If Boris can claim for his premise’s expenses, why can’t I?


One would not wish to get involved in the politics of where the funds for Boris’s flat refurbishment has come from, we will leave that down to HMRC to investigate, but what we will do in this article is take the opportunity to outline what expenses employers are able to cover for employees without getting on the wrong side of HMRC.

The full list of benefits alongside their individual exemptions can be found here:

Expenses & Benefits A-Z

Business expenses

In general, something only counts as a business expense if your employee needs it to do their job. You do not have to deduct or pay tax and National Insurance on qualifying business expenses, but you need to make sure that they meet all of HM Revenue and Customs’ criteria

Costs relating to business travel also count as business expenses unless the travel is in the employee’s own vehicle. If the travel is in the employee’s vehicle, you need to ensure you reimburse those business miles in accordance with the approved amount (this year 45p up to 10,000 miles and 25p thereafter).

You can find more guidance here:

Business Travel Mileage


Accommodation at the place of work is allowable if:

  • your employees can’t do their work properly without it, for example agricultural workers living on farms
  • an employer is usually expected to provide accommodation for people doing that type of work (for example a manager living above a pub, or a vicar looking after a parish)
  • if it’s needed for security due to the type of work they do means there’s a threat to their safety.

Living expenses

Where an employee is provided with job- related living accommodation by reason of his employment there is a limit to the amount of taxable benefit on certain other benefits which he may also be provided with. The benefits are:

  • heating, lighting and cleaning the premises
  • repairs to the premises, their maintenance or decoration
  • the provision of furniture, equipment or other items which are normal for domestic occupation.The limit applying to the total of all such benefits is 10% of the net amount of the earnings from the employment less any contribution made by the director or employee to the person incurring the expenditure.


As an employer, lending or hiring bikes to employees doesn’t count as an expense or benefit – as long as they’re available to all employees and mainly used for getting to work.

You can use this to set up a ‘cycle to work’ scheme to encourage employees to travel to and from work by bike:

Cycle to Work Scheme

Safety Clothing and Uniforms

You don’t have to pay tax and National Insurance on most uniforms or protective clothing, but you may still have to report these expenses to HMRC.

Expenses & Benefits: Clothing

Homeworking expenses

If you provide equipment, services and supplies to an employee who works from home, you do not have to report or pay anything if they’re only used for business purposes, or any private use is insignificant.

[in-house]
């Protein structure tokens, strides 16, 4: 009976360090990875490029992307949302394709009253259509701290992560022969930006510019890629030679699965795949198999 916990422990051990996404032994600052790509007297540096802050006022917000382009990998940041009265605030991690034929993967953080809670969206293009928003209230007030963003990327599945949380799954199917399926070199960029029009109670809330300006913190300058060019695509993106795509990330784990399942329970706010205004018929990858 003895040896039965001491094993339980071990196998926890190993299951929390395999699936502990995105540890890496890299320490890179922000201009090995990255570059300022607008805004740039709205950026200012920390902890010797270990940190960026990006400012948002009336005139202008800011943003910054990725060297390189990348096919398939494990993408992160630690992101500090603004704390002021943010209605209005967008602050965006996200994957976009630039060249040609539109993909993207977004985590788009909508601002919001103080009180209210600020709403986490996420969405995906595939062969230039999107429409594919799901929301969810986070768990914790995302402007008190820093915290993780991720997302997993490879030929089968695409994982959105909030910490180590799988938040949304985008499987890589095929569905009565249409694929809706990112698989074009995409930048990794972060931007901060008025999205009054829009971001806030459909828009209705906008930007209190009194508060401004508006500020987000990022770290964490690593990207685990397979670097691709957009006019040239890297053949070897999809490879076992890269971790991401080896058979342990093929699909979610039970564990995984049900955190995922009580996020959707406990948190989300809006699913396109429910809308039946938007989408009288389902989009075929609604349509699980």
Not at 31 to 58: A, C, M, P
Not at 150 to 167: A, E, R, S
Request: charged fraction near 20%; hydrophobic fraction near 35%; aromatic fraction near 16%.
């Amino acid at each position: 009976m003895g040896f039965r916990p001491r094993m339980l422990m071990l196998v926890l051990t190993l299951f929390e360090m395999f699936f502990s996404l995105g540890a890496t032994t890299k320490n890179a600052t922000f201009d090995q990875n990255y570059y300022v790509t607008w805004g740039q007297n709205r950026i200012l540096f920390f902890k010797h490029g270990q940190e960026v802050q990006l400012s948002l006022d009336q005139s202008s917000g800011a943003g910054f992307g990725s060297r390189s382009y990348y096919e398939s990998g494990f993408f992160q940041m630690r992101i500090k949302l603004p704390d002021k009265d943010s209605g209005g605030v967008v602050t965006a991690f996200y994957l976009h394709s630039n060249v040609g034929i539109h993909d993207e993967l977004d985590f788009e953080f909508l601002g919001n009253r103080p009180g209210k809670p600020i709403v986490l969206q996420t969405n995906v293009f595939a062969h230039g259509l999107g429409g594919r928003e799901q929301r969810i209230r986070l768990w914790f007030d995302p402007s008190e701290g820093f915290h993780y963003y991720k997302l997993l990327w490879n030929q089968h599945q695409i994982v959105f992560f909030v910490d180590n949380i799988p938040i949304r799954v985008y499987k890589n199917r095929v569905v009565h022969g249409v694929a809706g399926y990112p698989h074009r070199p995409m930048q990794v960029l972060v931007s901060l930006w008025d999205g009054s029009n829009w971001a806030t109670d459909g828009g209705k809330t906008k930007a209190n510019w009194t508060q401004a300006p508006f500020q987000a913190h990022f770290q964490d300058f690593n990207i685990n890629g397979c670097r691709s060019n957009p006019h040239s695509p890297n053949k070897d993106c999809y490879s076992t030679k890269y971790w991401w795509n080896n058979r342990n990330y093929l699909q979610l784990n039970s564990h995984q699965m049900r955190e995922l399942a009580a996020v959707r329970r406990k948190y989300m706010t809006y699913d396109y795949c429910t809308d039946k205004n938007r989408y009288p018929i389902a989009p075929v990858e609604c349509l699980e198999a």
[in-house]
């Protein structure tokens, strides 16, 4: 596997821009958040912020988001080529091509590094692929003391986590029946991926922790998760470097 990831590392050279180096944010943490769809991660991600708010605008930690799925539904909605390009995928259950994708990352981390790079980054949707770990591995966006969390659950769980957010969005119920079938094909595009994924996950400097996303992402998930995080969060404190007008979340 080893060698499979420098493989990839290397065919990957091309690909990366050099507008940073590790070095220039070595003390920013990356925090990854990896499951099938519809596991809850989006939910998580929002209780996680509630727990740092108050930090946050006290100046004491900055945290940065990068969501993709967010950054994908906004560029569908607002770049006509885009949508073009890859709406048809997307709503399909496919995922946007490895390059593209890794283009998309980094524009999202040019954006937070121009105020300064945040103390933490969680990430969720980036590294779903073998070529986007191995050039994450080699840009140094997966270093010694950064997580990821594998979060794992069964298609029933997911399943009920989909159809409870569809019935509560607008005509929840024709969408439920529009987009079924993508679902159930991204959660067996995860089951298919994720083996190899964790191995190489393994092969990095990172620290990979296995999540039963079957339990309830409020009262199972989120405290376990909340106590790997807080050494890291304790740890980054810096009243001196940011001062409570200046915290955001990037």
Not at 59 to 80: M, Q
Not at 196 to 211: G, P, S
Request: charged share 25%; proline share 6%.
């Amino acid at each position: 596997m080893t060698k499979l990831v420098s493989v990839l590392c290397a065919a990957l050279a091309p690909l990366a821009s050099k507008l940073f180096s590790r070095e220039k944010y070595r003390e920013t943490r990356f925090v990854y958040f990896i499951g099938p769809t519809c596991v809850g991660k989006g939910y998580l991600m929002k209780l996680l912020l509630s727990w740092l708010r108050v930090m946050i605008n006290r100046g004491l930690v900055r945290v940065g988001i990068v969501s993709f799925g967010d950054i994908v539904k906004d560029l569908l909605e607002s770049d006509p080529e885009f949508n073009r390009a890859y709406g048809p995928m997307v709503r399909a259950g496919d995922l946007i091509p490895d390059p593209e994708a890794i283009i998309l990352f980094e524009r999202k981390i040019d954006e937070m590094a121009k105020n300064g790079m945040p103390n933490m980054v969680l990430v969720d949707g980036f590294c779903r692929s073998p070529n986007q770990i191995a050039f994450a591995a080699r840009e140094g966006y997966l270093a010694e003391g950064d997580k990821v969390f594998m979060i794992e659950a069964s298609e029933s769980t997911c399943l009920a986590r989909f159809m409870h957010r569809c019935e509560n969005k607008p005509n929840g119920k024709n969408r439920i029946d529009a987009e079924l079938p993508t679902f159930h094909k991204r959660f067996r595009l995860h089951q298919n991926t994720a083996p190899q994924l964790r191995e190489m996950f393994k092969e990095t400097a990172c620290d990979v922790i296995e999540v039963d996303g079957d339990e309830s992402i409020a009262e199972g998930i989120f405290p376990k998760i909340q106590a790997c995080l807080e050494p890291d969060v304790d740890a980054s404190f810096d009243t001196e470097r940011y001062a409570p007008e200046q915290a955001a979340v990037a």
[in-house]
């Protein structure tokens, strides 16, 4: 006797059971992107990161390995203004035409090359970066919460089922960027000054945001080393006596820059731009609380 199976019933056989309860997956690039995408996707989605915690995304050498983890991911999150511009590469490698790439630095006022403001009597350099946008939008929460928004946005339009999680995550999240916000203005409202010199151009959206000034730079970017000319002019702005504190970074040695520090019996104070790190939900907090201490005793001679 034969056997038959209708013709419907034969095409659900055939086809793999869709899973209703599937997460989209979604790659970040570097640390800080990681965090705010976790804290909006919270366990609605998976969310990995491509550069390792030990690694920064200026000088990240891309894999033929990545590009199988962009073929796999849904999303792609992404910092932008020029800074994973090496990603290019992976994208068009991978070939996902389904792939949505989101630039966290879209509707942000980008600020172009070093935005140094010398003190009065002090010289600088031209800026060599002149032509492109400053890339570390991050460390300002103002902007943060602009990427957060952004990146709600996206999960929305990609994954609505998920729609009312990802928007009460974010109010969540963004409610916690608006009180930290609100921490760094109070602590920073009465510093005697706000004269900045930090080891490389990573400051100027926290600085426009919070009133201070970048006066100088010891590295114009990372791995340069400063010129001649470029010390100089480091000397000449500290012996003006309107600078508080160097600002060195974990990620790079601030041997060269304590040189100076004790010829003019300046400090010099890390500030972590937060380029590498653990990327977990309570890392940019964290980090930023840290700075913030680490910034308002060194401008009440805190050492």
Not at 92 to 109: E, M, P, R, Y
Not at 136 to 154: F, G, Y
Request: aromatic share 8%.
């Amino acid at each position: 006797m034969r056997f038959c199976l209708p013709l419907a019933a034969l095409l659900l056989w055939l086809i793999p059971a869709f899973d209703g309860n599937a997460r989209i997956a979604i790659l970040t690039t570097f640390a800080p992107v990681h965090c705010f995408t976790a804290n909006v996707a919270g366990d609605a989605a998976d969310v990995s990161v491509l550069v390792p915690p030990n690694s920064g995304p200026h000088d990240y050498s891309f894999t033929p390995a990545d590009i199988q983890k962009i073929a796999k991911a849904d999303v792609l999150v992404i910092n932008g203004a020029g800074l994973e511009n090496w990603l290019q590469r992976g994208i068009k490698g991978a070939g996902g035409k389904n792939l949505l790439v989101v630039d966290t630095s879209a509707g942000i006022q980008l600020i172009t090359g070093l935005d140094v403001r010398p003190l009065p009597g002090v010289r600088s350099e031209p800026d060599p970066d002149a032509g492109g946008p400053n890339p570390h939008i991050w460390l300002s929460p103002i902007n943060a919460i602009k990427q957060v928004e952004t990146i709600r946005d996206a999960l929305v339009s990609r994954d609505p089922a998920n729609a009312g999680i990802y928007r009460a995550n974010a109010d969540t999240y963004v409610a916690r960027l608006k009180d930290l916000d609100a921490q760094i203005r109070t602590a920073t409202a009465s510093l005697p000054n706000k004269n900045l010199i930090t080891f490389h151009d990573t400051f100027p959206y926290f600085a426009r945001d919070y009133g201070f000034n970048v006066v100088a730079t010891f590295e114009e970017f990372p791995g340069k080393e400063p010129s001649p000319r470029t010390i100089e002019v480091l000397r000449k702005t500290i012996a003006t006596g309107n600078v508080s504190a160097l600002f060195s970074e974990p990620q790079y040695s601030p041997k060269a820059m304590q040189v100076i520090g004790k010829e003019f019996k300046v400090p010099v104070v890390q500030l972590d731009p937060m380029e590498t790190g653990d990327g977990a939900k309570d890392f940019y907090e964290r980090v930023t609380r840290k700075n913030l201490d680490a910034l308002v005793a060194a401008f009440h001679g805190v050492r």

Additional household expenses

If you cover the cost of additional household expenses for an employee who works from home, you do not have to report or pay anything if all the following apply:

  • they need to work from home, either because equipment they need is not available at your workplace, or their work means they have to live too far away from your workplace to travel there every day
  • the amount you give them is not more than their additional household expenses
  • the amount you give them is not more than the current weekly limit.

Weekly tax limits

Tax yearsWeekly limit
2020 to 2021 onwards£6.00 (or £26 a month for employees paid monthly)
2012 to 2013 — 2019 to 2020£4.00 (or £18 a month for employees paid monthly)

Overnight expenses

You don’t have to report or pay anything to HM Revenue and Customs (HMRC) if you pay no more than:

  • £5 per night for travel within the UK.
  • £10 per night for travel outside of the UK.

Long service awards

You don’t have to report or pay on a non-cash award to an employee if all of the following apply:

  • They’ve worked for you for at least 20 years.
  • The award is worth less than £50 per year of service.
  • You haven’t given them a long-service award in the last 10 years.

For example, you can give a non-cash award with a value of up to £1,000 for 20 years’ service.

Eye tests

These are exempt if they are required by health and safety legislation for employees who use a computer monitor or other screen.

Glasses or contact lenses

These are exempt if you have to provide them for monitor or screen work.

Benefit in Kind information

If you have provided a employee benefits or expenses outside of these rules, for example you provide your employee with a company car, health insurance or any expense used for personal use, then you’ll need to complete a P11D for that employee.

Chippendale and Clark will be able to quote you for this additional service. The P11D must be submitted before 6th July following the Tax year the benefit had been received.

Please contact Chippendale and Clark if you believe you have provided your employee with a benefit in the year and therefore needs reporting on a P11D.

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